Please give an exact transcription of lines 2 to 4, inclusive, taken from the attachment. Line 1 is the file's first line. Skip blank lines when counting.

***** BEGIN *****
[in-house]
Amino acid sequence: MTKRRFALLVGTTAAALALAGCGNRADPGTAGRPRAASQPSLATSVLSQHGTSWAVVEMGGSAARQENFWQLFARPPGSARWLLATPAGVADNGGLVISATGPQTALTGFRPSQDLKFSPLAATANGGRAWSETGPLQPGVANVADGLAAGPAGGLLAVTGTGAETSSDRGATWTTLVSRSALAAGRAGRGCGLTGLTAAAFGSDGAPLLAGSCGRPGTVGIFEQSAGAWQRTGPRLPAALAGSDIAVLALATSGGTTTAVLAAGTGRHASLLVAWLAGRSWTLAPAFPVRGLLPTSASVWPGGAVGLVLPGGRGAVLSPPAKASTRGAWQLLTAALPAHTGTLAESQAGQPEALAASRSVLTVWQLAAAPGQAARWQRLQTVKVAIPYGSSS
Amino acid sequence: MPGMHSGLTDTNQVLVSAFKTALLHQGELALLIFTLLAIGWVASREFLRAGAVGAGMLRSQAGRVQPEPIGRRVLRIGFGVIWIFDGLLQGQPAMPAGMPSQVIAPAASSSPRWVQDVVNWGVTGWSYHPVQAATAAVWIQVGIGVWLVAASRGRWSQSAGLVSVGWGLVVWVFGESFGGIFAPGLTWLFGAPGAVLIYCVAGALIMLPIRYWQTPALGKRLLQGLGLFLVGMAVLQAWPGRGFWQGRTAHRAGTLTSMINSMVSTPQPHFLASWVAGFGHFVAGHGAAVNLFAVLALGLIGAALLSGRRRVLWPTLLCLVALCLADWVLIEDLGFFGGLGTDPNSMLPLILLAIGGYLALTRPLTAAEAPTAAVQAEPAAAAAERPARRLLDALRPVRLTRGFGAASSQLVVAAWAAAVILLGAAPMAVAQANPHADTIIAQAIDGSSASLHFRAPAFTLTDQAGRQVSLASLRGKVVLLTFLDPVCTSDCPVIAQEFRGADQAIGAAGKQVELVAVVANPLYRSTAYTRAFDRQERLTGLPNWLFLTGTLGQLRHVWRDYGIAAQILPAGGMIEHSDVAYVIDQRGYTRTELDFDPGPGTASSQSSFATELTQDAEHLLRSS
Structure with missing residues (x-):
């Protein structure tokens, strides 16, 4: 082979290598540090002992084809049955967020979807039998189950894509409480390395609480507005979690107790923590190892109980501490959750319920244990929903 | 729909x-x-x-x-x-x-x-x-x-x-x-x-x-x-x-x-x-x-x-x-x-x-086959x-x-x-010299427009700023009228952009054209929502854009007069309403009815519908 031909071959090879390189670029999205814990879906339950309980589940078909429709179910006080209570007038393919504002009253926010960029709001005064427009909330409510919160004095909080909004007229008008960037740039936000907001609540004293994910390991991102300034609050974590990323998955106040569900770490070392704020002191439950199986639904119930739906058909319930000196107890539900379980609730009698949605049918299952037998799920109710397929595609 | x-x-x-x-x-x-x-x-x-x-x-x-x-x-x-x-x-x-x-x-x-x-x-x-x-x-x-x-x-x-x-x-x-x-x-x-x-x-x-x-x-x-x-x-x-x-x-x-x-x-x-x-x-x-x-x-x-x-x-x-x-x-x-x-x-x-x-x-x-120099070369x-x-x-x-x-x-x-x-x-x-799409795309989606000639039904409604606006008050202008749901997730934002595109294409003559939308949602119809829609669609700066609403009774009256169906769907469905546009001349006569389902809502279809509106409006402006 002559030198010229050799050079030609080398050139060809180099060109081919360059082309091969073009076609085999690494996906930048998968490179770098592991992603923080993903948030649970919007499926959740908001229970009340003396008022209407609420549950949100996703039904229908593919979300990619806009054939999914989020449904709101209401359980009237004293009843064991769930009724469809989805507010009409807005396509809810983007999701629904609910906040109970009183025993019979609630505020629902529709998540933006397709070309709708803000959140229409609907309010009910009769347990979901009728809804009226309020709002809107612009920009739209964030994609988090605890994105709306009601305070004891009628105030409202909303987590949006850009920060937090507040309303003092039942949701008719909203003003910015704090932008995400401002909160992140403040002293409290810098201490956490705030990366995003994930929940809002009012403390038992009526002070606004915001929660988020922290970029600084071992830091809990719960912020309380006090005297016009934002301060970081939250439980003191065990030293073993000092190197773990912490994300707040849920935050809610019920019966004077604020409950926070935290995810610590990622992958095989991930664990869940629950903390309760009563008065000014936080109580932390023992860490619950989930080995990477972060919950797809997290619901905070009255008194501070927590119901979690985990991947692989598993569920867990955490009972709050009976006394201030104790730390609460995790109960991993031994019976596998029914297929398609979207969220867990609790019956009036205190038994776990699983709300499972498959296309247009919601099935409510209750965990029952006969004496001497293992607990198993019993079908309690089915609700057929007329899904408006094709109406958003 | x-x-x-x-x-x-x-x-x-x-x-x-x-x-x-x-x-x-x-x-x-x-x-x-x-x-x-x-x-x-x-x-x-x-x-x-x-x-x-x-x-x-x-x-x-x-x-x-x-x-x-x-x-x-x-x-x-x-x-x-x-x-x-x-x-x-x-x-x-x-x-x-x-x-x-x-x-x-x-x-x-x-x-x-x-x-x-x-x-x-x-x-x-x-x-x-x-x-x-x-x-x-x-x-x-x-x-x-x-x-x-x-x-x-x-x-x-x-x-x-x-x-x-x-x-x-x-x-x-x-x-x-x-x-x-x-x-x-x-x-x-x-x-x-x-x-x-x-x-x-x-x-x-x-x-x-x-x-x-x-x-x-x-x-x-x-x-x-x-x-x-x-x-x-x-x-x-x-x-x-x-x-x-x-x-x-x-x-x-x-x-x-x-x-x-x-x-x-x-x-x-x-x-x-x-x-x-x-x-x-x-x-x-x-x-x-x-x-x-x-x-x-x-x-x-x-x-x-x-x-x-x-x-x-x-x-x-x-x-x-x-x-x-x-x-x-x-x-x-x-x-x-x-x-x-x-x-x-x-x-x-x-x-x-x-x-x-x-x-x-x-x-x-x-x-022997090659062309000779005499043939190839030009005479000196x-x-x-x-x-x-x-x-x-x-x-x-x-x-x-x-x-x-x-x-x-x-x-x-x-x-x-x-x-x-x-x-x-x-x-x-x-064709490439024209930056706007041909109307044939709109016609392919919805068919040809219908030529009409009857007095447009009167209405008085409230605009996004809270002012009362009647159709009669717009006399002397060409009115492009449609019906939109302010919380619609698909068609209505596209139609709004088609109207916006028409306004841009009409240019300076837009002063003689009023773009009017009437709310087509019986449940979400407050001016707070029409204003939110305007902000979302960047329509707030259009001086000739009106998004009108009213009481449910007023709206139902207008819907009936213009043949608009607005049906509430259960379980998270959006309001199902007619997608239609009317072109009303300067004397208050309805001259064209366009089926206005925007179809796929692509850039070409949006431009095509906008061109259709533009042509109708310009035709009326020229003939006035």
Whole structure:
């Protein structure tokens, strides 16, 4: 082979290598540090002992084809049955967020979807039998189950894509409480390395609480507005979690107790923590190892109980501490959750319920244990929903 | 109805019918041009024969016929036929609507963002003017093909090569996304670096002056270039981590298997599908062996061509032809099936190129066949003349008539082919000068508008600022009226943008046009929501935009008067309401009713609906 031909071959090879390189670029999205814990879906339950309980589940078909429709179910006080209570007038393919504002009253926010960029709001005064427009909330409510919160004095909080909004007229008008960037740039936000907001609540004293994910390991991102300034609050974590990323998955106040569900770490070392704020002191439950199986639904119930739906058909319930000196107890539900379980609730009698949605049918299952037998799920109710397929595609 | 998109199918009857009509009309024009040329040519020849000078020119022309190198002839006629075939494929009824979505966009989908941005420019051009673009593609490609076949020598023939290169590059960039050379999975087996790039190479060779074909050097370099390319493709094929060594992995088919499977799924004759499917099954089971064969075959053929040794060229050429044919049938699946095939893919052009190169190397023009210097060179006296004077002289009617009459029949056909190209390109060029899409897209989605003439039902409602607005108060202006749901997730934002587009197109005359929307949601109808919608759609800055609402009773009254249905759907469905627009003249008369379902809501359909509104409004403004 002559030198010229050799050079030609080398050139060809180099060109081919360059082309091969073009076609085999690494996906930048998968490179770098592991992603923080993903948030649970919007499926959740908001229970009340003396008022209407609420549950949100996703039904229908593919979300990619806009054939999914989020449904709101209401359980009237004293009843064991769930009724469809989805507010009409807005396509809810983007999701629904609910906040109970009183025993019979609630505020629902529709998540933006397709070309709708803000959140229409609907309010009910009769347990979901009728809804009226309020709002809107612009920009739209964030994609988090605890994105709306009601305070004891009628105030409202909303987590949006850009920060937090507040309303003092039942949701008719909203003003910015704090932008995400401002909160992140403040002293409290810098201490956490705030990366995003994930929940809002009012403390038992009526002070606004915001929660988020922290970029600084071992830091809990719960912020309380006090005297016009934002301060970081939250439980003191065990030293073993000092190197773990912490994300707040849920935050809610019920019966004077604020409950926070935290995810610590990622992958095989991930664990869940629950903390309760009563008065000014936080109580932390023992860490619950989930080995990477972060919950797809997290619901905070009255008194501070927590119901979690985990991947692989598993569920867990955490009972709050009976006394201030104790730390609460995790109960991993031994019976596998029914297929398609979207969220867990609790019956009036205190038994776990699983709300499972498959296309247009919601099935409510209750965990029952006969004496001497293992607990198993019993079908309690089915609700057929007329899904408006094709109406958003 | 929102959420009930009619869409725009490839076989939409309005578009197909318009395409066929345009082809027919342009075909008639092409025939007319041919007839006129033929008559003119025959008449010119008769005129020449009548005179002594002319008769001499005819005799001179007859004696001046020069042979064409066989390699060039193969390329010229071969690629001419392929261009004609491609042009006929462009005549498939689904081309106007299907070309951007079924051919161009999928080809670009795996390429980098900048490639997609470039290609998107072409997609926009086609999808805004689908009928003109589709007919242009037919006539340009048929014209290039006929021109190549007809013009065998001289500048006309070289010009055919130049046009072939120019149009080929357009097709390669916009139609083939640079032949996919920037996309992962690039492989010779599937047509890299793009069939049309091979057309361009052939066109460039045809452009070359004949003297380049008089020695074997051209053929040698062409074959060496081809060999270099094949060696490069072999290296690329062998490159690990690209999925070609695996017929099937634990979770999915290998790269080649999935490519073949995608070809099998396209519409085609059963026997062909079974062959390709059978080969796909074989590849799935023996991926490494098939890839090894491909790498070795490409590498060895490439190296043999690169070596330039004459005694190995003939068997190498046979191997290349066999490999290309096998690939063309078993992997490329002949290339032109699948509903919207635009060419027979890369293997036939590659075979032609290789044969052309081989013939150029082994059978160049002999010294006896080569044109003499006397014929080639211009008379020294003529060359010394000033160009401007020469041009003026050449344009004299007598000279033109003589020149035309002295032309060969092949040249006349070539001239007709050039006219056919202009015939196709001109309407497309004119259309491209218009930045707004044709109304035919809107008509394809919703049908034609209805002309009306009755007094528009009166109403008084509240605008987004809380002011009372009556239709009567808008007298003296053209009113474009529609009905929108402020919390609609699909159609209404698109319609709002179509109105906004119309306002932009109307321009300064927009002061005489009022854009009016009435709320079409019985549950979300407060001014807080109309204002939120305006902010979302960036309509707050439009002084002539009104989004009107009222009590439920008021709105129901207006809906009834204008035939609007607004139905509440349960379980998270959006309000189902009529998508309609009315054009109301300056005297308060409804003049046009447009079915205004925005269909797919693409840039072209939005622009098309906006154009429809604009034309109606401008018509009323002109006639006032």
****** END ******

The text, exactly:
Amino acid sequence: MTKRRFALLVGTTAAALALAGCGNRADPGTAGRPRAASQPSLATSVLSQHGTSWAVVEMGGSAARQENFWQLFARPPGSARWLLATPAGVADNGGLVISATGPQTALTGFRPSQDLKFSPLAATANGGRAWSETGPLQPGVANVADGLAAGPAGGLLAVTGTGAETSSDRGATWTTLVSRSALAAGRAGRGCGLTGLTAAAFGSDGAPLLAGSCGRPGTVGIFEQSAGAWQRTGPRLPAALAGSDIAVLALATSGGTTTAVLAAGTGRHASLLVAWLAGRSWTLAPAFPVRGLLPTSASVWPGGAVGLVLPGGRGAVLSPPAKASTRGAWQLLTAALPAHTGTLAESQAGQPEALAASRSVLTVWQLAAAPGQAARWQRLQTVKVAIPYGSSS
Amino acid sequence: MPGMHSGLTDTNQVLVSAFKTALLHQGELALLIFTLLAIGWVASREFLRAGAVGAGMLRSQAGRVQPEPIGRRVLRIGFGVIWIFDGLLQGQPAMPAGMPSQVIAPAASSSPRWVQDVVNWGVTGWSYHPVQAATAAVWIQVGIGVWLVAASRGRWSQSAGLVSVGWGLVVWVFGESFGGIFAPGLTWLFGAPGAVLIYCVAGALIMLPIRYWQTPALGKRLLQGLGLFLVGMAVLQAWPGRGFWQGRTAHRAGTLTSMINSMVSTPQPHFLASWVAGFGHFVAGHGAAVNLFAVLALGLIGAALLSGRRRVLWPTLLCLVALCLADWVLIEDLGFFGGLGTDPNSMLPLILLAIGGYLALTRPLTAAEAPTAAVQAEPAAAAAERPARRLLDALRPVRLTRGFGAASSQLVVAAWAAAVILLGAAPMAVAQANPHADTIIAQAIDGSSASLHFRAPAFTLTDQAGRQVSLASLRGKVVLLTFLDPVCTSDCPVIAQEFRGADQAIGAAGKQVELVAVVANPLYRSTAYTRAFDRQERLTGLPNWLFLTGTLGQLRHVWRDYGIAAQILPAGGMIEHSDVAYVIDQRGYTRTELDFDPGPGTASSQSSFATELTQDAEHLLRSS
Structure with missing residues (x-):